25 January 2010

Chris the compost pile grouch


2004 saw the introduction of the Recycle Now home composting scheme, a subsidised drive part funded by WRAP and local authorities to get 1.6 million British households composting their green and brown waste at home.

Reasons which are either good for the environment, good for the taxpayer, or both abound; to ease the burden on Google I've dug out a few of the big ones for you.
  • The main environmental threat from biowaste is the production of methane in landfills, which accounted for some 3% of total greenhouse gas emissions in the EU-15 in 1995. The Landfill Directive 1999/31/EC obliges Member States to reduce the amount of biodegradable waste that they landfill to 35% of 1995 levels by 2016, which will significantly reduce the problem. The Commission's priority is to ensure that Member States comply with this legal requirement fully and on time. (Source: http://ec.europa.eu/environment/waste/compost/index.htm)
  • Under Waste Strategy 2000, statutory targets for recycling and composting were set for local authorities in England for 2003/04 and 2005/06. England has successfully met and exceeded its 17% target for 2003/04 and our current recycling rates for 2004/05 indicate that we are on target to meet the 25% target of household waste to be recycled or composted by 2005/06.

    As part of the review of England's Waste Strategy, the Government is proposing to increase those statutory targets to 40% by 2010, 45% by 2015 and 50% by 2020. Under the EU Landfill Directive, the UK also has to meet targets for the reduction of biodegradable municipal waste sent to landfill. (Source: http://www.defra.gov.uk/environment/waste/topics/compost/index.htm)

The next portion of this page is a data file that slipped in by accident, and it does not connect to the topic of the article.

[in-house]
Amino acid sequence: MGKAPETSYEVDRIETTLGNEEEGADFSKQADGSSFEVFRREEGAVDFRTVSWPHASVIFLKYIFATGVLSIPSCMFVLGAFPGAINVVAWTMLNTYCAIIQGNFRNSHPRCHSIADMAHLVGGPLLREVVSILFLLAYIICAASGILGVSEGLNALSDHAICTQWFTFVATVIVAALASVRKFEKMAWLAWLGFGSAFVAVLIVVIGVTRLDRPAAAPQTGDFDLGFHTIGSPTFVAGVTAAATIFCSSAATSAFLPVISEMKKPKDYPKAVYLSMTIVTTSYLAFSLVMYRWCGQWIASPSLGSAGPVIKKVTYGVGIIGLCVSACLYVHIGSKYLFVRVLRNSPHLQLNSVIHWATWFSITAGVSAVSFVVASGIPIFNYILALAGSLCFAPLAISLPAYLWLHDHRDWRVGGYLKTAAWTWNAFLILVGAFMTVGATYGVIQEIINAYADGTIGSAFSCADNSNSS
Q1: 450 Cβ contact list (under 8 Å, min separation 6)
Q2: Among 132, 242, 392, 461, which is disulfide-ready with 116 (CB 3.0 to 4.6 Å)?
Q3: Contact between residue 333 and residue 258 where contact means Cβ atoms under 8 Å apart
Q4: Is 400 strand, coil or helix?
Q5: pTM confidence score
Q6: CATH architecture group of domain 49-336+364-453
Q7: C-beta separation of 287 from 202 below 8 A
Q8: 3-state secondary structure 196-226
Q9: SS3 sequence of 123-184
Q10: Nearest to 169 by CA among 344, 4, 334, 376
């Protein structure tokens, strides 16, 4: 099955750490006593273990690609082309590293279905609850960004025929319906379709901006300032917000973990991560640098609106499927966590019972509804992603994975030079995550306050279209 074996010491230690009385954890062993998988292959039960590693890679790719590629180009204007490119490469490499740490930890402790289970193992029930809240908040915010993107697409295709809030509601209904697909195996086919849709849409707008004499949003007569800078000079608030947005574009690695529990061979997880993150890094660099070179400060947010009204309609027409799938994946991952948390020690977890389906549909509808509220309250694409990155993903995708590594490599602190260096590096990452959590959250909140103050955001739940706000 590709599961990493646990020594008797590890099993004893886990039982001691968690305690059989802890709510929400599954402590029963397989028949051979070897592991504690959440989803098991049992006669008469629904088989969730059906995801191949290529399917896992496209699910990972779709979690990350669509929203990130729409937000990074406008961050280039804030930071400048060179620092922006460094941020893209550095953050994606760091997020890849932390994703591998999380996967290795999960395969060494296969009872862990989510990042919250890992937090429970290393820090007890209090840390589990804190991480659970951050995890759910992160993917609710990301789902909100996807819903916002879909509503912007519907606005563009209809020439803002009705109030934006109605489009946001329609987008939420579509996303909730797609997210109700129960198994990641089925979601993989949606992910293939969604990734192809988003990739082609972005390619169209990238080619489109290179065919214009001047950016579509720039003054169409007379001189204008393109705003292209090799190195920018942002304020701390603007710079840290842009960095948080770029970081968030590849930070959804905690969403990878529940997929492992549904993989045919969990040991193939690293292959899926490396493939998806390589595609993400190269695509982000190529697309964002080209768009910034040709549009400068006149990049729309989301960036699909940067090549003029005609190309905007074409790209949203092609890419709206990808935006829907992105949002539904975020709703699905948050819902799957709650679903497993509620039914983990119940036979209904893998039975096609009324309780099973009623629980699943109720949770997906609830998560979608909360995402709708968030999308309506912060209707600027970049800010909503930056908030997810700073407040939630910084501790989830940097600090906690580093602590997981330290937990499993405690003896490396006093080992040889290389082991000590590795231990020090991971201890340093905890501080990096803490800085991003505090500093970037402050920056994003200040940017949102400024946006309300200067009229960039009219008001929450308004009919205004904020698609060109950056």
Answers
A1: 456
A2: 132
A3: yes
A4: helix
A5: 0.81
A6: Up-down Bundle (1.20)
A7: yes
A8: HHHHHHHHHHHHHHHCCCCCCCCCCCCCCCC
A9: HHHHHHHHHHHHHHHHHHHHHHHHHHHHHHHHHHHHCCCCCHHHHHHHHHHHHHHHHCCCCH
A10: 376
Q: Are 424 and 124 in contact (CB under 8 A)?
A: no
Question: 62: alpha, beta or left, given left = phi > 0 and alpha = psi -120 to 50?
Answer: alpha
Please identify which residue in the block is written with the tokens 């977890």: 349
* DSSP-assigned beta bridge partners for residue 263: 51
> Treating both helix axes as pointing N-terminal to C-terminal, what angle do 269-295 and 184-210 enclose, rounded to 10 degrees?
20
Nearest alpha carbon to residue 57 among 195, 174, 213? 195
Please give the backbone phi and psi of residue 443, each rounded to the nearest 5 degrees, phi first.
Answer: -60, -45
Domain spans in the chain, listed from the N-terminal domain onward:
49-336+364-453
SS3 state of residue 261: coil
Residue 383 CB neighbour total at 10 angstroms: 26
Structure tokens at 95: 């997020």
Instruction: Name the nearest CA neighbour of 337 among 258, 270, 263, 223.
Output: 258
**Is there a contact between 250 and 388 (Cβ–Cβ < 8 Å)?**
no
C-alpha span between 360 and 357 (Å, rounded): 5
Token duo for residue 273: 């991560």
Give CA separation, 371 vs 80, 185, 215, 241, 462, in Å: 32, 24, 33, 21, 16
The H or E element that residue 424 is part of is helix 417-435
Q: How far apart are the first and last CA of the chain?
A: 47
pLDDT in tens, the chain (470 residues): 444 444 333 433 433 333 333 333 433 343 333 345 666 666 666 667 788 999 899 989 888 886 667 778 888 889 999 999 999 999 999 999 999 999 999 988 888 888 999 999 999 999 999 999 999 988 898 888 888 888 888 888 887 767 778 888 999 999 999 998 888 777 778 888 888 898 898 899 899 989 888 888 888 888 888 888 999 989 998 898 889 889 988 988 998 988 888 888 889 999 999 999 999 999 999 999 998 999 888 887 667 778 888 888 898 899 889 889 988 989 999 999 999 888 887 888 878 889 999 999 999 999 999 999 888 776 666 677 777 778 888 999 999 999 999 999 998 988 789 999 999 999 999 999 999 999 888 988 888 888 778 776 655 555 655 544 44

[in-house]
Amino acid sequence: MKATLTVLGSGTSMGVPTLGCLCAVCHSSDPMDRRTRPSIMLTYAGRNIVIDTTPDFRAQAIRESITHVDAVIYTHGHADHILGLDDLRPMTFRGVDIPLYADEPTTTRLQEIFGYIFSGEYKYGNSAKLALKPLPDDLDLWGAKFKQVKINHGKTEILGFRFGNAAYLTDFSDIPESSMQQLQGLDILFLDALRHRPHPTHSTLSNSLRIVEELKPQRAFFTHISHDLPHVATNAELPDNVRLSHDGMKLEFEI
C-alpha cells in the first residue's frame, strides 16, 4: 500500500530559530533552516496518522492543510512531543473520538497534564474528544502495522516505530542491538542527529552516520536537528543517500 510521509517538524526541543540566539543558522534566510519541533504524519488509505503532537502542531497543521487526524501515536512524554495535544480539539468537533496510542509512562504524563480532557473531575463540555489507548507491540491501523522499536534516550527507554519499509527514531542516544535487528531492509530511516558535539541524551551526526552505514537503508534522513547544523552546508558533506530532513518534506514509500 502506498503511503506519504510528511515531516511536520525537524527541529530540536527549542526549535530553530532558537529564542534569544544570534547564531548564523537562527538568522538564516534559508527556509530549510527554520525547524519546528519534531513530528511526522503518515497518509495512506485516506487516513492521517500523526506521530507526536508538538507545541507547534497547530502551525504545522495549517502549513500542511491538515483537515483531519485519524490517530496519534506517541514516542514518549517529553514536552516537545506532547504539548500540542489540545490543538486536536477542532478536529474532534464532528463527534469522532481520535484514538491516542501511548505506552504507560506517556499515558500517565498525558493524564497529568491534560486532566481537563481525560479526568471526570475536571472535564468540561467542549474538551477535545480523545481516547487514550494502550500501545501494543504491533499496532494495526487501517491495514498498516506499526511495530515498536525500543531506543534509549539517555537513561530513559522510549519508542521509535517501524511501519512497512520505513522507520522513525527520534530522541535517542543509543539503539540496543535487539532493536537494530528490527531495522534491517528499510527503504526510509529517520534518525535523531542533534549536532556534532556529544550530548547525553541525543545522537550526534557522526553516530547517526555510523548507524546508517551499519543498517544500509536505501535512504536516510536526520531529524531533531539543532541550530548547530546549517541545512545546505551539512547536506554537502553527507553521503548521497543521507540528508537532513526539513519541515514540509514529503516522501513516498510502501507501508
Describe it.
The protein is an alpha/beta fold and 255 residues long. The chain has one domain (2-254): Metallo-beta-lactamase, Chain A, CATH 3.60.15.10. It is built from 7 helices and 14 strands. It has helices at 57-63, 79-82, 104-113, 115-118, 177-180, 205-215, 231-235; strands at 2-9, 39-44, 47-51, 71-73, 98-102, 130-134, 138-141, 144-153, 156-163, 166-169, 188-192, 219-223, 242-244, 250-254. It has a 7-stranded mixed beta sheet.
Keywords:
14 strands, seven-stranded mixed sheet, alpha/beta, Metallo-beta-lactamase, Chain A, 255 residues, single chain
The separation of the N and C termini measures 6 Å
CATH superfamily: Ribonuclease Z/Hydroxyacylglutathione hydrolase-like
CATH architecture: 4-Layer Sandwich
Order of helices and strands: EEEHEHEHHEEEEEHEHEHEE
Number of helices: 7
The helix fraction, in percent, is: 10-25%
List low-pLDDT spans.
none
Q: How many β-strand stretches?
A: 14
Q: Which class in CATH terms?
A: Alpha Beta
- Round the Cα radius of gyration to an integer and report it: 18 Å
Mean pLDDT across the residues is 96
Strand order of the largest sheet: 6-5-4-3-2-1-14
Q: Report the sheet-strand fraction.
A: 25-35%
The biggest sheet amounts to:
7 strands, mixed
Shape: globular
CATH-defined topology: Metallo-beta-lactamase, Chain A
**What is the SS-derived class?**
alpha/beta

• Landfill tax is charged on anything that goes to landfill, rates for 2009/2010 stand at £40/ton. (Source: http://www.defra.gov.uk/ENVIRONMENT/waste/topics/index.htm)
So, recycling is good, landfill is bad. We all know that.

But what to do if you live in a flat, the council doesn't offer you a green waste collection and your only outside space is made of metal and 30 feet up in the air?

Unsurprisingly, there's some crap for that.

Crap is perhaps a little harsh, but most composting solutions offered through the scheme or from your local garden centre involve plastic bins (made of oil, never degrade and use a good chunk of energy to produce and then recycle) which kind of takes away the warm fuzzy feeling that we all like to get whilst doing something good for the environment (come on, admit it, you love that fuzzy feeling).